Ontario to franchise some LCBO outlets

The Ontario government is going to allow franchising of its marquee LCBO wine and liquor stores but has no plans for the wholesale privatization of the government-owned stores, Consumer Minister Norm Sterling said yesterday.

The Toronto Star
September 22, 2001

Ontario to franchise some LCBO outlets
Colin Perkel

LCBO%20logo%20F.jpg

The Ontario government is going to allow franchising of its marquee LCBO wine and liquor stores but has no plans for the wholesale privatization of the government-owned stores, Consumer Minister Norm Sterling said yesterday.

The roll-out of franchises will be restricted to underserviced, rural and tourist areas, the government said.

“This is a form of privatization, no question about it,” Sterling said in an interview.

“This is, in fact, asking the private sector to participate in the retailing of alcohol for us, but it’s a long, long way from wholesale or real privatization.”

Even though the franchise model is new for the liquor retailer, the government has been closely watching six of its existing agency stores that serve rural areas.

The province already has about 108 so-called “agency stores,” most north of Parry Sound, which operate in conjunction with an established retailer.

The new system is based on lessons learned from them, said Andy Brandt, chairman of the LCBO.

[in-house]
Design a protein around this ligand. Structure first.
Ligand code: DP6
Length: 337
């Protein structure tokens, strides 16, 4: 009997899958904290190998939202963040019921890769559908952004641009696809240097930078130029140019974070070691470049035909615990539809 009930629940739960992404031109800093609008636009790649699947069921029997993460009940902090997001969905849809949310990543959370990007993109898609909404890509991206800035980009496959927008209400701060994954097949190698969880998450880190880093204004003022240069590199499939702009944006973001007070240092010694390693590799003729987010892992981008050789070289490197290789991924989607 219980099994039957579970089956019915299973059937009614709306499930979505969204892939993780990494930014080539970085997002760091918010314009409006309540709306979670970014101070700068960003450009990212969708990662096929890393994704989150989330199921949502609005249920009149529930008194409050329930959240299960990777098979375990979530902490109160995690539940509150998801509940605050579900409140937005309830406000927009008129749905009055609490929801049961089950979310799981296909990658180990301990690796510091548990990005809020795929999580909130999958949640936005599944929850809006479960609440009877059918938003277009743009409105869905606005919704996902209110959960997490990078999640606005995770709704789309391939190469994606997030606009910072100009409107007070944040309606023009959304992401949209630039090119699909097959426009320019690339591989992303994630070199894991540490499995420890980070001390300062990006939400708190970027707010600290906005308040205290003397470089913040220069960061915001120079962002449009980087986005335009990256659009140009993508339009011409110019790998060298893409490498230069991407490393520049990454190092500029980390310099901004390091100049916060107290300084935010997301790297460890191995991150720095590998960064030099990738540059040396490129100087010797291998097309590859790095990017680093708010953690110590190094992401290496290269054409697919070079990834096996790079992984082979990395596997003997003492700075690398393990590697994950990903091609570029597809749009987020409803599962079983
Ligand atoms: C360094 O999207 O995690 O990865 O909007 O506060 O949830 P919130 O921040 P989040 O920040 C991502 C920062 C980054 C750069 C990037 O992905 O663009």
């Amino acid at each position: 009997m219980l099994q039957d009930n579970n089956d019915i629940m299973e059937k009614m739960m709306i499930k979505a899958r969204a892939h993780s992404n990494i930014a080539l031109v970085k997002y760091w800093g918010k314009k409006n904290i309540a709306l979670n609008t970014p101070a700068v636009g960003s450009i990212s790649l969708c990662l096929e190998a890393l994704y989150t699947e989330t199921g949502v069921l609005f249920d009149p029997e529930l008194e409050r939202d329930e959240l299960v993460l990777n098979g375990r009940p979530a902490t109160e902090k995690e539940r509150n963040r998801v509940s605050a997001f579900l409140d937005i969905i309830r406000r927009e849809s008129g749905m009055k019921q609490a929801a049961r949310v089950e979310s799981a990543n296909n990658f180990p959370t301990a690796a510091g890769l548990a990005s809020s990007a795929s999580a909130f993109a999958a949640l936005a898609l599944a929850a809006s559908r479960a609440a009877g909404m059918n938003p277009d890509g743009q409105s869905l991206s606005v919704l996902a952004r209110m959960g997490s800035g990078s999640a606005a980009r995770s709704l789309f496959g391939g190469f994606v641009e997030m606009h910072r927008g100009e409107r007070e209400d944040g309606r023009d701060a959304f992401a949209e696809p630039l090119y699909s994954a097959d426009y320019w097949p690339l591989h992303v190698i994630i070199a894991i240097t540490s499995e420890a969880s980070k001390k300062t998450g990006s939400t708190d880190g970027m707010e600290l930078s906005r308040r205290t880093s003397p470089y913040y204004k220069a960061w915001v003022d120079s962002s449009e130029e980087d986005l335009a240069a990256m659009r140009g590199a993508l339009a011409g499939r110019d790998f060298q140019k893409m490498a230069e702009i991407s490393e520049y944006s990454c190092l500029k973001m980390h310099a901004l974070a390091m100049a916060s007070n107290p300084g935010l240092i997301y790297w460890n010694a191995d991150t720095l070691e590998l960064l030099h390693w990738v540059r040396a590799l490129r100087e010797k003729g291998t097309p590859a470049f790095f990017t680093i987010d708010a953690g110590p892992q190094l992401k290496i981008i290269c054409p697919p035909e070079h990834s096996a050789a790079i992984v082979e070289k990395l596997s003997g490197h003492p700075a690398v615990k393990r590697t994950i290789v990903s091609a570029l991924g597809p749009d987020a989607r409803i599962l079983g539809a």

“The biggest lesson learned is that franchisees can deliver quality service safely and efficiently to markets that just aren’t big enough for a full-service outlet,” Brandt said.

The new franchises – as many as 150 – will be scattered throughout southern Ontario.

Exact criteria have yet to be set, but new stores will likely have to be a certain minimum distance from an existing outlet and won’t be allowed to compete with existing stores.

Franchises in urban areas have been ruled out.

The outlets will also have to meet standards in terms of selection and will provide a “more professional look” than the current agency stores, said Sterling.

Sterling said no legislative changes are needed, adding he expected the first franchise to be up and running within 60 days.

Wile there won’t be any franchise fees charged, retailers will be expected to meet certain shelving and other standards at a cost of up to $12,000.

Nor will they be allowed to charge whatever they want.

Their profit will have to come from a 10 per cent discount they’re given by the LCBO suppliers, Sterling said.

The LCBO has been a shining jewel among Ontario’s Crown corporations, consistently bringing in huge profits for the government.

Sterling said he expected the new arrangement will make the corporation even more profitable.

“We’ll make more money out of this because as you get more points of distribution, there will be more alcohol sold,” said Sterling.

“We know there will be an increase in sales.”

Stores will also be subject to spot checks to ensure there are no sales to minors, and municipalities will be allowed to veto a store in their community, the government said.


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